It’s likely out of all the leads in your pipeline, you have a prospect or two who just can’t seem to make a decision. In this podcast, Business growth expert David Blaise talks about methods of overcoming this hurdle and getting clients to commit.


In our last episode, we talked about the problems associated with not having enough leads in the pipeline and no discernible process for getting them there. If you missed that episode, you can check it out now at

But if you DO have a bunch of leads in your pipeline, and if you do a reasonable amount of prospecting, then it’s likely you have at least a prospect or two who just can’t seem to make up their minds. They just can’t seem to make a decision.

They’ll say they’re interested, but they’ll keep putting it off. They’ll keep asking questions, but they won’t commit. They’ll have delay after delay, reason after reason, and excuse after excuse for failing to take action. For whatever reason, they just can’t seem to get off the fence.

Some of these prospects will tell you the truth, while others, well, you know the drill.

Naturally, we don’t want to appear pushy. So we might allow prospects like these to keep putting us off — sometimes for days, weeks, even months or even years. But when we do that, we’re really not doing our prospects or ourselves any favors.

As Professionals, We Need to Encourage Our Clients to Take the Actions that Will Benefit Their Businesses

If the promotion we’re recommending to a client is a good one — if it addresses their needs, targets the appropriate audience, communicates the right message and has a good likelihood of success — we do our clients a tremendous disservice if we fail to encourage and yes, sometimes push them to take action.

On the other hand, if the promotion we’re recommending does NOT make sense for the client, does NOT address their needs or fails to communicate the right message, then we shouldn’t recommend it to them in the first place, let alone encourage it or push for it.

To some extent, it’s about motives. What are our motives for the conversation? What are we trying to do? Are we trying to help the client to get a result they need and want or are we just trying make a sale for ourselves?

Either way, whether it’s a good or bad promotion, there is rarely any benefit at all to putting off a decision.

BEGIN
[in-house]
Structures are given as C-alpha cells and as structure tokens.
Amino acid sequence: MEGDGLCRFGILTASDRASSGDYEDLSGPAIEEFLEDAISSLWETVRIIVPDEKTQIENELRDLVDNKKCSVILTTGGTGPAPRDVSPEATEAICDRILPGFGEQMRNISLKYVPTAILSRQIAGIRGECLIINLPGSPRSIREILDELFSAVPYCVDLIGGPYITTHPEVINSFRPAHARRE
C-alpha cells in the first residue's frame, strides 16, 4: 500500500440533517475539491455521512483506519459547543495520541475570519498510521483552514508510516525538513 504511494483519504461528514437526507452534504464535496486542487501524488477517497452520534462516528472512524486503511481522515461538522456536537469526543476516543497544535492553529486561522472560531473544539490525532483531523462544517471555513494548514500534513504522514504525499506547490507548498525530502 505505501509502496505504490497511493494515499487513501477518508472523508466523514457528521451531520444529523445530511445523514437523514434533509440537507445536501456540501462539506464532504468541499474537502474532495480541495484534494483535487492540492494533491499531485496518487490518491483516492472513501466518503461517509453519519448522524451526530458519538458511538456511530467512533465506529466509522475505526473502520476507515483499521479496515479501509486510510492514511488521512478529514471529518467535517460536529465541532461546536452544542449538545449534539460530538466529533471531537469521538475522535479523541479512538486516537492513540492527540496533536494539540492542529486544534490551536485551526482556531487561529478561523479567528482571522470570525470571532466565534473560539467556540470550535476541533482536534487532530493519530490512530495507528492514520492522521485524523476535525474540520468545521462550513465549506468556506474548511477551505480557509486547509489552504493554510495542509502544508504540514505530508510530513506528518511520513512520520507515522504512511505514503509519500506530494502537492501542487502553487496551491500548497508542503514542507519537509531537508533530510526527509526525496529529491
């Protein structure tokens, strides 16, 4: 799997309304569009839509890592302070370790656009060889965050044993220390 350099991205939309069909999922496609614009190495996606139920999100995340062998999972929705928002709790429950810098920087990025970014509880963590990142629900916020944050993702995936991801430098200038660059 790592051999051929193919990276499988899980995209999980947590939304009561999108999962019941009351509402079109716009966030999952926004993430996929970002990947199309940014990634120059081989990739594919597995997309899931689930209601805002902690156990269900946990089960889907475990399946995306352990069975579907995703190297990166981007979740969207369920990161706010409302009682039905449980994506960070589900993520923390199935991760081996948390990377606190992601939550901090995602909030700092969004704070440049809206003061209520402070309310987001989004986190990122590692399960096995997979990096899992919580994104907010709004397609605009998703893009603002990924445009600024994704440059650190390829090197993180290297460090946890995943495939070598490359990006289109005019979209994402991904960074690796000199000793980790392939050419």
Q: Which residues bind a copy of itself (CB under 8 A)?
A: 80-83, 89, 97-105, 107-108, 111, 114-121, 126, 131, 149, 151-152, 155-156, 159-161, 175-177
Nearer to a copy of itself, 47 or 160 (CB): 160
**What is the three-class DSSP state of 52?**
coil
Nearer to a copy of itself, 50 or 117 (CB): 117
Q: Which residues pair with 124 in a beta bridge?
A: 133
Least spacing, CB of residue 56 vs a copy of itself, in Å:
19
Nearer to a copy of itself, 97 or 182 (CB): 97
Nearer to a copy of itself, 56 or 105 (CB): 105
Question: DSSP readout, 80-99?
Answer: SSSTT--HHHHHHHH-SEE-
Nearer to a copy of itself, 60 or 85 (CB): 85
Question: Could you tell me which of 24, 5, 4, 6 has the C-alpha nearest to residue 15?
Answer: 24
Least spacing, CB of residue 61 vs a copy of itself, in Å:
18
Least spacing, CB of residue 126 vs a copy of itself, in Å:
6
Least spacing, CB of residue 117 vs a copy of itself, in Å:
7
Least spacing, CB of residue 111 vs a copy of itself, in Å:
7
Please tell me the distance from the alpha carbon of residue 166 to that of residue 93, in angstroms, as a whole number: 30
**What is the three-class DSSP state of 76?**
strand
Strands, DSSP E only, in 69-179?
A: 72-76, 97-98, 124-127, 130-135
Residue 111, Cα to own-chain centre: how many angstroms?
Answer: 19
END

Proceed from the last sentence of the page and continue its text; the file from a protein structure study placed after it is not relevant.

If it’s a good promotion, they should do it. If it’s not, they shouldn’t. No one should waste time considering a bad promotion or putting off implementation of a good one.

Being Passive is Often Deadly in Business

So every now and then, I believe it’s a good idea to push a little harder and do what’s necessary to help nudge indecisive clients off the fence.

Find out what’s holding them back. If it’s valid, come up with other options, if it’s not probe deeper.

A yes decision is great. A no is good too, because it allows you to move ahead. Ultimately, it’s the “maybes” that will kill you.

So what can you do today to help drive an indecisive client to a yes or no decision? I tend to favor a direct approach, with questions like: What’s currently holding you back? Is there something about this promotion you’re uncomfortable with? Do you have something different in mind? What’s your timeline on this?

I don’t recommend asking these questions in an antagonistic way, or even asking them back to back as I just did. Just ask them in a way that lets the client know that you genuinely want to help. In order to do that, we have to fully understand their needs, and occasionally do what is necessary to help get them off the fence.

This topic reminds me of one of my favorite quotes of all time from Tom Watson of IBM who said:

“I never varied from the managerial rule that the worst possible thing we could do would be to lie dead in the water with any problem. Solve it, solve it quickly, solve it right or wrong. If you solved it wrong, it would come back and slap you in the face and then you could solve it right. Lying dead in the water and doing nothing is a comfortable alternative because it is without immediate risk, but it is an absolutely fatal way to manage a business.”

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